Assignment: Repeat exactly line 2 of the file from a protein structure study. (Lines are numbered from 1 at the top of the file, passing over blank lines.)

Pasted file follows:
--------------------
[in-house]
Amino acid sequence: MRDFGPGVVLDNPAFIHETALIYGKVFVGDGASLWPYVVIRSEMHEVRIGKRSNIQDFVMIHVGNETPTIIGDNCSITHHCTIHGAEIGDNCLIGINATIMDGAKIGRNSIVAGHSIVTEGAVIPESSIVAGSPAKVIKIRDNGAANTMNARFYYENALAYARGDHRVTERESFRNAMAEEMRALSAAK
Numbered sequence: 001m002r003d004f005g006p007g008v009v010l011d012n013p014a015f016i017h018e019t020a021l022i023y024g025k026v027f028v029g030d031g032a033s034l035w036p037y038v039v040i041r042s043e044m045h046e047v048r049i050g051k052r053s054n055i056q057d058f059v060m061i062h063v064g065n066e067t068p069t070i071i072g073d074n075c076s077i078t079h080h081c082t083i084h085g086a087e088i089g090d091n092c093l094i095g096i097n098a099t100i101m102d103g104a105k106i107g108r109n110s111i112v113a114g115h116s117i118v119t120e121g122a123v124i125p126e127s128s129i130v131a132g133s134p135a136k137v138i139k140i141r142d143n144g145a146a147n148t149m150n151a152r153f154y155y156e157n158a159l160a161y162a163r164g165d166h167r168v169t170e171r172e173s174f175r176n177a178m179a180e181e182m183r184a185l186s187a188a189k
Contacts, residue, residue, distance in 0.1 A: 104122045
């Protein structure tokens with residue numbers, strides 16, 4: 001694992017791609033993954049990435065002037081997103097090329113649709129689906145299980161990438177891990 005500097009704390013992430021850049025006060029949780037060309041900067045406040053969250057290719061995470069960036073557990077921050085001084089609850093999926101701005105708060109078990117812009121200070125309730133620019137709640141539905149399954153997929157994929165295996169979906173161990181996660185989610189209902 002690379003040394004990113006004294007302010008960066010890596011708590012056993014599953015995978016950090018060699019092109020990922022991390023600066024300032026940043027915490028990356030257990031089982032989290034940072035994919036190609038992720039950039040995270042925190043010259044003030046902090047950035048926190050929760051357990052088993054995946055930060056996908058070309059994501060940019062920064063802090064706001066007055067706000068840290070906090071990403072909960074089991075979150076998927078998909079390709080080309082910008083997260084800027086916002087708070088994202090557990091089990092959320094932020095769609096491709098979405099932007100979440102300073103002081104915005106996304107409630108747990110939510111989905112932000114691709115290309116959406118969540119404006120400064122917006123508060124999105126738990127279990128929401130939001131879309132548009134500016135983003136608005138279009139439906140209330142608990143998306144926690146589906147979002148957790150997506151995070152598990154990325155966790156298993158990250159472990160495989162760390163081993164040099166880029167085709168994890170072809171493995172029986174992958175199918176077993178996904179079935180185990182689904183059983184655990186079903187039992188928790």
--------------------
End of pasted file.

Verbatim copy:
Amino acid sequence: MRDFGPGVVLDNPAFIHETALIYGKVFVGDGASLWPYVVIRSEMHEVRIGKRSNIQDFVMIHVGNETPTIIGDNCSITHHCTIHGAEIGDNCLIGINATIMDGAKIGRNSIVAGHSIVTEGAVIPESSIVAGSPAKVIKIRDNGAANTMNARFYYENALAYARGDHRVTERESFRNAMAEEMRALSAAK